style infomercial on a perpetual loop. The newest offerings include pint-size
coolers from Sharp (¥47,000-72,000) that claim to freshen your closets,
portable ionized dehumidifiers from Hitachi (¥61,000). and powerful
wall-mounted air conditioners from Sanyo (¥230,000 for an 8- to
11-mat room) that can send out roomfuls of the perky ions.
Bic's staff say the feature first popped up early last year but
customer interest took off after Japanese television shows shone a spotlight
on negative ions. "Now the manufacturers are using the minus ion
buzz to sell everything," says one clerk. National's negative-ion
washing machine (¥128,000) promises fluffier clothes, Sharp's
fridges claim to keep food fresh longer, and Hitachi's ion-care
range includes hair dryers, curlers and styling brushes to blast particles
at you while you groom.
Already given the dubious title "World Dioxin Capital" by
Greenpeace, Tokyo is without doubt the air pollution center of Japan. Combine
the emissions from massive incinerators, millions of idling cars, and countless
more cigarette smokers, and it's no wonder Tokyoites would be drawn
to all manner of air purifiers. But before you splash out next month's
salary on the latest and greatest in ion generators, consider this.
As noted by US manufacturer Berriman Associates, "The primary drawback
to this air cleaning technology is that it usually takes longer to experience
an improvement in air quality after activating the machine (when compared
to other air-filtering technology) and particles not only fall to the
floor but they have a tendency to migrate toward the surfaces of the room
and adhere to them.ÊThis may cause slight discoloration of walls,
ceiling, and accessories over a long period of time."
Another drawback of negative ion generators is that they emit ozone, which
is known to cause respiratory problems, as a byproduct. A Sharp representative
noted that while the company's ionizers do emit ozone, the levels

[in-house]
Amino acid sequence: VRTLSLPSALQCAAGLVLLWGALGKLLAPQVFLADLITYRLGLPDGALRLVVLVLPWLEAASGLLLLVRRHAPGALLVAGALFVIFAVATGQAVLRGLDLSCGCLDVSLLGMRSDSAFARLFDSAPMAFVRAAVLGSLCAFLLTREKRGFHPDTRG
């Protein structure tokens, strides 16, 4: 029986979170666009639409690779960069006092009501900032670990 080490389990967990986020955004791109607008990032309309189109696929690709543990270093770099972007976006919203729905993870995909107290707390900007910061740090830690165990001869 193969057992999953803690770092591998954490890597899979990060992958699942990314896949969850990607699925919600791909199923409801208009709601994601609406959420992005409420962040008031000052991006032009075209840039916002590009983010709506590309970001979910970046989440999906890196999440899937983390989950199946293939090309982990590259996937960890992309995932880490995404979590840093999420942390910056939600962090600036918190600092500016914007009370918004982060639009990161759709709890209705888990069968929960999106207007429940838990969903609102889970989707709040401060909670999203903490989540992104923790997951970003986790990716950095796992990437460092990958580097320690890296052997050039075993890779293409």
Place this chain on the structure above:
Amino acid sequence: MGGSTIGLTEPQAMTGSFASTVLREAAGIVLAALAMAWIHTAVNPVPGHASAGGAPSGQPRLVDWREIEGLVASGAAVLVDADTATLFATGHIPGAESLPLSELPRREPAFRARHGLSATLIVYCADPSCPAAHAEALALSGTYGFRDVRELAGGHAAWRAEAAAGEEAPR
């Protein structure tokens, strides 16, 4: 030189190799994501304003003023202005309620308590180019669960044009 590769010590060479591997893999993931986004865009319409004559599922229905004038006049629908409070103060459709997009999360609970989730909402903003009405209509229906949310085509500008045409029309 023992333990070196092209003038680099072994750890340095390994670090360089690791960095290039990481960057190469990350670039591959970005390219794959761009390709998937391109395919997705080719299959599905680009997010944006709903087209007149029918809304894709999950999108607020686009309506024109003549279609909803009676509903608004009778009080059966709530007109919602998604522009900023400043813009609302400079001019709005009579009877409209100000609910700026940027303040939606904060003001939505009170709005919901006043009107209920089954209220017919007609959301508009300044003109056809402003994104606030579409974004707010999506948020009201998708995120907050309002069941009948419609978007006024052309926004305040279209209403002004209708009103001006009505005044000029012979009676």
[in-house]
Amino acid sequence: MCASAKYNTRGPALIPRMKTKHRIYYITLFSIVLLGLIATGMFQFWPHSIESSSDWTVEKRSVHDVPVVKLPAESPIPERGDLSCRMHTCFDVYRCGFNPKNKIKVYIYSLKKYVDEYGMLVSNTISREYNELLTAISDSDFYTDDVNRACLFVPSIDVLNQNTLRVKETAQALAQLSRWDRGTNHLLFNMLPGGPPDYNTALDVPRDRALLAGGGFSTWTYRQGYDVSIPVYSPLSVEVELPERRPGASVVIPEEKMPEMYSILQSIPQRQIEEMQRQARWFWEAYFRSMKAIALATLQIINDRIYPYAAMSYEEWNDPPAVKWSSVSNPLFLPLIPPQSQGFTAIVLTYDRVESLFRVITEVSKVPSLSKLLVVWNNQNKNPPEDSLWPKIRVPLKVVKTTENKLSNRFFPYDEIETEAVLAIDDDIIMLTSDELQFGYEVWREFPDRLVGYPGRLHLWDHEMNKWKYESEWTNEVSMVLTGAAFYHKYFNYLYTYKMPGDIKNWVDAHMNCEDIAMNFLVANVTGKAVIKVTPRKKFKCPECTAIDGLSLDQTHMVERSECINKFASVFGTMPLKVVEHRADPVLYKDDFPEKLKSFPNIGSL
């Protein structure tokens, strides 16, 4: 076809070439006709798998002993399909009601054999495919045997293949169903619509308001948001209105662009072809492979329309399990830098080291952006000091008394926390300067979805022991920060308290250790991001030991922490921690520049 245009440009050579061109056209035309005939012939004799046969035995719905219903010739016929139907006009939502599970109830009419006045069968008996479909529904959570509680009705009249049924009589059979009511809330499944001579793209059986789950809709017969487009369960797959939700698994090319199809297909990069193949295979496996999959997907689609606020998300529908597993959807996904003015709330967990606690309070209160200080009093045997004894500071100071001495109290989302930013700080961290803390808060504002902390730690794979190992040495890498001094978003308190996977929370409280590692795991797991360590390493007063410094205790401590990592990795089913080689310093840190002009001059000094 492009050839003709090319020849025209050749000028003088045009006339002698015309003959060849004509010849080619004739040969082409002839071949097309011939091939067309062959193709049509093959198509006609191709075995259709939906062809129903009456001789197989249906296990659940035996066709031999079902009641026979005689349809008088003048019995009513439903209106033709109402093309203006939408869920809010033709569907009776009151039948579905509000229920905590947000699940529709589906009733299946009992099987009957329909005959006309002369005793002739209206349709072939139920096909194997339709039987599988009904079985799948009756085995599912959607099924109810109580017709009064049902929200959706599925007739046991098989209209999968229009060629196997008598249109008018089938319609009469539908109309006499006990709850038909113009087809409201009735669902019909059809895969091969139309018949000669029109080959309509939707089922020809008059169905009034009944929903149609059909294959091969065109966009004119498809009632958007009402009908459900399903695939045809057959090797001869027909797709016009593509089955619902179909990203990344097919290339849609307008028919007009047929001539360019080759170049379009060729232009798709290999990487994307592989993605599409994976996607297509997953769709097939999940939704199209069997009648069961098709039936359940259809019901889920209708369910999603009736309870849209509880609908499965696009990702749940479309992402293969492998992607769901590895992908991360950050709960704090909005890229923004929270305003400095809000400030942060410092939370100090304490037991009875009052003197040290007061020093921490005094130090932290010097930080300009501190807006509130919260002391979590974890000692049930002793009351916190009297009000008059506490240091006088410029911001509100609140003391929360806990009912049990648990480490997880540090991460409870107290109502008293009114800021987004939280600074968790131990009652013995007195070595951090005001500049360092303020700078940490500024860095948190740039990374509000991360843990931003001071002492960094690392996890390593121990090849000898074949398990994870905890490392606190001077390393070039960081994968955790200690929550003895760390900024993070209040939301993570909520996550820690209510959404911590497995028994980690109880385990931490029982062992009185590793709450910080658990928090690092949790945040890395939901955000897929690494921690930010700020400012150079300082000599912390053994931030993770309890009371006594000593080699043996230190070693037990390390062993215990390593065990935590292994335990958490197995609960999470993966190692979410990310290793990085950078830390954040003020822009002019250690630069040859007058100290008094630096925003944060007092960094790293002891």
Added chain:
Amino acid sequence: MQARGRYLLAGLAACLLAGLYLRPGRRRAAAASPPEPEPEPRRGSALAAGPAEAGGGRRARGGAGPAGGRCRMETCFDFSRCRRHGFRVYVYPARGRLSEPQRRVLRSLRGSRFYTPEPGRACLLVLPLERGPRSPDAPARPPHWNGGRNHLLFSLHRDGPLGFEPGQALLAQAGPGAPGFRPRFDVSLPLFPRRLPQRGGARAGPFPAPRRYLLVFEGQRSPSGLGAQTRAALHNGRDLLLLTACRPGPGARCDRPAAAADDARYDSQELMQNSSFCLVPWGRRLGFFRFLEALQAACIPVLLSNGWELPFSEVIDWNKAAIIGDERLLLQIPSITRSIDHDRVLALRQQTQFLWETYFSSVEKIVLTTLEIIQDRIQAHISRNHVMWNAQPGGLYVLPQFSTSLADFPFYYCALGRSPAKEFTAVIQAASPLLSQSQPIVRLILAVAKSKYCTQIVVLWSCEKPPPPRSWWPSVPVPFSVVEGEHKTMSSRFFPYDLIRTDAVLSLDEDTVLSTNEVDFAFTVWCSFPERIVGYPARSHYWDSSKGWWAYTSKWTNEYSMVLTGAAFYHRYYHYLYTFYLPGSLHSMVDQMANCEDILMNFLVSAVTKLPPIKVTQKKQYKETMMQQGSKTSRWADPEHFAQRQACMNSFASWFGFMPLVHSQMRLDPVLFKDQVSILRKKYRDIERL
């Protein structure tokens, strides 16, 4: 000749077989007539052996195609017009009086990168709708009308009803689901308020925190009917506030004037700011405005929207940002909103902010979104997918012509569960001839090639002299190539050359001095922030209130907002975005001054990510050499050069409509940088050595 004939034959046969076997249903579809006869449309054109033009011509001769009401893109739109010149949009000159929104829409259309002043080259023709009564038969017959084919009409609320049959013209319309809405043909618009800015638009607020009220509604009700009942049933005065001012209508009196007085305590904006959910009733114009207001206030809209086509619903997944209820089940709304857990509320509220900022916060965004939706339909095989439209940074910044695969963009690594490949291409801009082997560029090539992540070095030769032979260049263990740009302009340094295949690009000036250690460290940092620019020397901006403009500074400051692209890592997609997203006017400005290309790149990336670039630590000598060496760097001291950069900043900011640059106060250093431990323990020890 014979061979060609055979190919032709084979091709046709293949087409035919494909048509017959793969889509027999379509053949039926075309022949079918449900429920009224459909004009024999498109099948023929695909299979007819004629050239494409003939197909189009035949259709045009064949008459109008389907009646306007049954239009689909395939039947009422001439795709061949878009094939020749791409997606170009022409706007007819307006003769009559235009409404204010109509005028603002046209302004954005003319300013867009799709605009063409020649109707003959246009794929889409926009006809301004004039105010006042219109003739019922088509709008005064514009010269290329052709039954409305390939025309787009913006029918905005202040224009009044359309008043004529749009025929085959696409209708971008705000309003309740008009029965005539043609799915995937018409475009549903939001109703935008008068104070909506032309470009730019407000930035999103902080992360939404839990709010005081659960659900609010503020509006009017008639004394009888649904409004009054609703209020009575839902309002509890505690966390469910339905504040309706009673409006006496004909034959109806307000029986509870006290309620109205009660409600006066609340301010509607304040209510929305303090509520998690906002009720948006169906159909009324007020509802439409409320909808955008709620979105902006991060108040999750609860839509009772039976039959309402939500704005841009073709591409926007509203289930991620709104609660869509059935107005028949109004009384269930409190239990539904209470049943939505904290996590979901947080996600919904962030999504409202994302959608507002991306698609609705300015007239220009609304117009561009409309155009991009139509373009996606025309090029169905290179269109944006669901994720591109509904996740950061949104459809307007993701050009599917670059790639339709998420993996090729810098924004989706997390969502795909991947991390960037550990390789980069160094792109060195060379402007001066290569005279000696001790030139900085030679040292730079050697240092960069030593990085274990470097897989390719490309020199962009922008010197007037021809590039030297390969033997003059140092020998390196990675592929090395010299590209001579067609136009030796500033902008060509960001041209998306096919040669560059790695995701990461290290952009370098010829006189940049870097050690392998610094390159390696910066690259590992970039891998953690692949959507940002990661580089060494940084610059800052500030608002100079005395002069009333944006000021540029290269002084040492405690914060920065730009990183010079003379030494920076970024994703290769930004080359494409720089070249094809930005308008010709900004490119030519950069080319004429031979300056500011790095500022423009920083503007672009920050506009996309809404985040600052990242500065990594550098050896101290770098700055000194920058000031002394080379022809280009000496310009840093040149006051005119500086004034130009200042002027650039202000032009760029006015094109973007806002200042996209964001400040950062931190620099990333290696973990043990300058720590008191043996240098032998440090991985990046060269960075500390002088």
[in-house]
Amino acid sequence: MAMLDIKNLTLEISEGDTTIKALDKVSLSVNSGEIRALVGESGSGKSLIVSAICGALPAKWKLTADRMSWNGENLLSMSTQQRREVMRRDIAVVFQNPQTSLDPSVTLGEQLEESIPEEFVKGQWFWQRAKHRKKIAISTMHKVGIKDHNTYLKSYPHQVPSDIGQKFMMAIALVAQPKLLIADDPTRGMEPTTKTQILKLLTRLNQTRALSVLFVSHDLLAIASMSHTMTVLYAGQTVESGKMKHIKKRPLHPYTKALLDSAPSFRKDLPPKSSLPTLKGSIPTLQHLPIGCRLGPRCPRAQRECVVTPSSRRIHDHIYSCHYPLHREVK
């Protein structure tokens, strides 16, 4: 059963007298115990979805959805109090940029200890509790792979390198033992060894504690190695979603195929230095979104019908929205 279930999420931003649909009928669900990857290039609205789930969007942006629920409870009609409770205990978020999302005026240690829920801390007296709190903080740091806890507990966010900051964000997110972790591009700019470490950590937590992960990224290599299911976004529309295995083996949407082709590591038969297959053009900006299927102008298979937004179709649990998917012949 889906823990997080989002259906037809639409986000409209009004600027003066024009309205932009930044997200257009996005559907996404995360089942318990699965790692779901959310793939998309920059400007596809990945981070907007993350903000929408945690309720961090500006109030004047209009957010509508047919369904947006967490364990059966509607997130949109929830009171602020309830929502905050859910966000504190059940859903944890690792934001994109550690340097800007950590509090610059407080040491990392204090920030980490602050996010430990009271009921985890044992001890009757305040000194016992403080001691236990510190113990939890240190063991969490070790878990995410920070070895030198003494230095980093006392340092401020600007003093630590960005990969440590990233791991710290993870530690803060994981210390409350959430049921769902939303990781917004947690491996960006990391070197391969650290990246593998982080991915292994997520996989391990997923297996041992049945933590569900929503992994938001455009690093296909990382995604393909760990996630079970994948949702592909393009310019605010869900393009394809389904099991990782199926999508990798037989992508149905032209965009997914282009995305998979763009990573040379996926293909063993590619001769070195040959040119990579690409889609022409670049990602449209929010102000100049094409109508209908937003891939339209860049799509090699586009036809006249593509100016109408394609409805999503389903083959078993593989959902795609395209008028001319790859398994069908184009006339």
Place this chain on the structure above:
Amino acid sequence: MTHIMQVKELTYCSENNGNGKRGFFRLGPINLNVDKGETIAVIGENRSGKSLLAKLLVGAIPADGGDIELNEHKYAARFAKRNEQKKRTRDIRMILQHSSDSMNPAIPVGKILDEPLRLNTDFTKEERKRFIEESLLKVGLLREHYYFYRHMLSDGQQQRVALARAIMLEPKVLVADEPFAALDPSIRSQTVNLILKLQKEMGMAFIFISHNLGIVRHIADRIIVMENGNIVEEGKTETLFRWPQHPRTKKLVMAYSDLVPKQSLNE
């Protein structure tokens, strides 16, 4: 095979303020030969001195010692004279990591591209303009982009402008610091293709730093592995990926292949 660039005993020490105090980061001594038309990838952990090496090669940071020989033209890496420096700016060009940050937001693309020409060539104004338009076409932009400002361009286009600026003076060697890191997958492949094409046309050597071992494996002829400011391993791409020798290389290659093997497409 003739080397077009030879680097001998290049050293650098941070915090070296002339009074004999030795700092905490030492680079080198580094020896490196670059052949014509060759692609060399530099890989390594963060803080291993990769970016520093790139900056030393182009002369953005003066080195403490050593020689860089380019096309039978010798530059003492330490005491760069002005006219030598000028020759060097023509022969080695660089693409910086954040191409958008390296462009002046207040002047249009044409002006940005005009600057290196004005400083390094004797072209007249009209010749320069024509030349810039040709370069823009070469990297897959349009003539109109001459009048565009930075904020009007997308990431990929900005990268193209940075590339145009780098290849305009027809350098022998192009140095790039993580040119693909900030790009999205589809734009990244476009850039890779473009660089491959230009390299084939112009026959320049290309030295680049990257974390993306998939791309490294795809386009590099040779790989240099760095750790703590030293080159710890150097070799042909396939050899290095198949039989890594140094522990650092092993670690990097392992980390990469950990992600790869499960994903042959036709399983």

are well within those mandated by the government as safe for humans.
Adding to the scientific mumbo-jumbo, Sharp was also the first company
to come out with "plasmacluster" techonology earlier this
year. The new range emanates positive and negative ions simultaneously.
Don't they just cancel each other out? "No," says
the Bic Camera clerk, "the positive ions stay separate and attack
mold and bedbugs, while the negative ones work on dust and odors."
The Sharp representative, however, admits that the Plasmacluster machines
are no healthier than negative ion generators, just better equipped to
balance the level of ions needed to purify your living room.
Bic customer Tatsuya Iyoku isn't convinced about the plasmacluster.
Shopping for a new air conditioner, he says negative ions are an important
feature for him since he saw them featured on television earlier this
year: "Minus ions are easy to understand, but I don't get
plasma clusters." Plus, minus, bracelet or behemoth generator,
it's up to you. But with you or without you, it looks like these
idiosyncratic ions are here to stay.
Try on some ions:
Keio Department Store Relaxation Salon
A huge range of negative ion clothes, beauty products and ionizing machines.
Open 10am-8pm daily. 8F Keio Department Store, 1-1-4 Nishi Shinjuku, Shinjuku-ku.
Tel: 03-5321-5973. Nearest stn: Shinjuku, west exit.
Bracelets from ¥1,000 to ¥10,000. Ionizers from ¥7,980.
Open 10am-8pm daily. 12-18 Udagawacho, Shibuya-ku. Tel: 03-5489-5111.
Nearest stn: Shibuya.
Herbal ion spray (5,800) and soap (¥3,500).
Open 10am-8pm Sun-Thu, 10am-9pm Fri-Sat. 21-1 Udagawacho, Shibuya-ku.
Tel: 03-3462-3807. Nearest stn: Shibuya.
Negative ionizing air conditioners, fridges, washing machines, fans, air
cleaners, hair dryers and more.
Open 10am-8pm daily. 1-11-1 Yurakucho, Chiyoda-ku. Tel: 03-5221-1111.
Nearest stn: Yurakucho.
Photo credit: Tama Miyake,